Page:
Everyone can learn something from the sutras of Pantanjali

If you really want to get a sense of how old Yoga is look at the sutras of Pantanjali.

The Yoga Sūtras of Patañjali which are the foundational text of classical yoga philosophy are around 2000 years old.

They fell into relative obscurity for nearly 700 years from the 12th to 19th century and then made a comeback in late 19th century.

During the 20th century, modern practitioners of yoga elevated the sutras to common use translating it into various languages so it could be understood around the world.

Sutra in sanskrit means a rope or thread that holds things together.

The themes of the sutras are universal to the human consciousness and a way of mindful living and are still very relevant today, despite their age. As Patanjali writes, all that matters is that we begin here and now and commit to living and practicing with greater self-awareness and presence.

The sutras show you the lineage of yoga to help you get a better understanding of the history behind certain poses and sequences. From that you earn a certain respect and understanding of the asanas. They remind you of the true purpose of your practice and the sutras talk about the philosophy and helps you to understand the barriers to living a happy and fulfilled life and essentially on how to begin to live your yoga.

I want to end with a verse I found translated. I think it’s amazing how philosophy like this can withstand the test of time and still be as relevant today as it was around 2000 years ago.

“We are not going to change the whole world, but we can change ourselves and feel free as birds. We can be serene even in the midst of calamities and, by our serenity, make others more tranquil. Serenity is contagious. If we smile at someone, he or she will smile back. And a smile costs nothing. We should plague everyone with joy. If we are to die in a minute, why not die happily, laughing? (136-137)”
– Sri S. Satchidananda, The Yoga Sutras

Yoga and Bipolar Disorder—How and Why It Helps:

“Anger is an energy…” (Repeat) –Johnny Rotten, Public Image Ltd.
People who suffer from mental illness more and more are approaching yoga as way to manage their illness. Here’s some insight as to why yoga can be so helpful.
My personal experience is with using yoga to manage symptoms of bipolar disorder. Bipolar is characterized by severe mood swings, from manic highs to depressive lows. An older name for bipolar is manic depressive, which actually more accurately describes the illness. The prevailing feeling of having untreated bipolar is lack of balance. And that is where yoga comes in.
Yoga, literally translated as “yoke,” is the union of the mind and body. So yoga presents balance in a physical and mental practice that provides structure, direction and a result. When you go to your mat, you bring what’s in your head as well as what’s in your body—racing thoughts, tight hips, anxiety, tight shoulders, anger, tight back, etc…Having a regular yoga practice can be compared to being “in the zone” in sports. It’s your time to perform and reach a level of consciousness that enables a release from physical and mental limitations.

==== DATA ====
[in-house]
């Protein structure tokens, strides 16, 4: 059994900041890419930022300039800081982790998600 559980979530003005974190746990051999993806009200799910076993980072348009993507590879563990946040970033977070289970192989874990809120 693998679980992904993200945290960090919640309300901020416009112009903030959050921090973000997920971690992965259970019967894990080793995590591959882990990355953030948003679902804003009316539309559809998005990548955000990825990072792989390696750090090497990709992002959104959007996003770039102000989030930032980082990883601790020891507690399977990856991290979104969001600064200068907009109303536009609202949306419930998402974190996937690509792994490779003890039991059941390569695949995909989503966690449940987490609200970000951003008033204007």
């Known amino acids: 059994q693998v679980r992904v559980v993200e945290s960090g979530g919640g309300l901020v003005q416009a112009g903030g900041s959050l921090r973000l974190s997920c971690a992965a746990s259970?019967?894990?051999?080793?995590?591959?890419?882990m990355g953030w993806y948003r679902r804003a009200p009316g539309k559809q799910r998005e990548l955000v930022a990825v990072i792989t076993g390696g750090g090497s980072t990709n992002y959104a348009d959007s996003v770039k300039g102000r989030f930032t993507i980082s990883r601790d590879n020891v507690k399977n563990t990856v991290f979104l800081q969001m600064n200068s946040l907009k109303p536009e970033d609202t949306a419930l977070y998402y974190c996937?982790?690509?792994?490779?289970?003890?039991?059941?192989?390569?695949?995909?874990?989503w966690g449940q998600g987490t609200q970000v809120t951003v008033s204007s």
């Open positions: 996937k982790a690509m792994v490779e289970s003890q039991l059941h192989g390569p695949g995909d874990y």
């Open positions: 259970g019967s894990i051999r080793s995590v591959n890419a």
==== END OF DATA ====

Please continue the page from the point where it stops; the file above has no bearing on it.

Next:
To manage the anxiety of racing thoughts in pranayama or asana, one can focus on the breath. When the breath is a focus you can slow your heart rate, thus reducing your pulse and blood pressure, essentially calming you down. This tool is invaluable when faced with the mentally debilitating and sometimes physically painful effects of bipolar anxiety and/or panic attacks. Once you get your breath under control you give your body the opportunity to perform in the asanas. Breathing into challenging postures results in stability, and hence, success. Being successful in getting into the posture puts you in the zone physically and mentally. This brings tremendous relief to the bipolar mind, which subsists on either hyper-positive or hyper-negative energy. Yoga allows us to access a balanced energy, a healthy expression of energy.
For the depressive side of bipolar, a regular yoga practice may provide structure to get them out of bed, out of the house and around healthy people—which is what they would tend to avoid in their depressive state. For these practitioners, applaud them for getting in the door! Even if they feel they cannot perform to their normal level, encourage them to stay on their mat and feel the good energy around them. Keep them connected to the practice even if they are unable to perform. As they move into breathing and asanas, they may feel more energized. As they are able to perform asanas they benefit from completing a task, as in “yes, I did the warrior series, I accomplished something today.” Remind them that completing each asana is a positive thing. Accentuate the positive and invite them to build on that, and remind them to take it home with them. This is where the positive effects of yoga come in—when the practitioner can put it into effect in an everyday-life situation.
Bipolar mania (tumultuous upswing in mood) produces strong feelings of anger, frustration and irritability. Without management, these feelings can lead to serious consequences, whether it is in the form of interpersonal chaos, in which you can’t get along with other people at work or in personal relationships, or even suicidal thoughts and behaviors. Sadly, 15% of people who suffer from untreated bipolar disorder commit suicide every year (often in a manic state) in the United States because they cannot stand to go on living with the mental anguish associated with the illness. Managing anger through yoga is a very functional tool to avoid these consequences.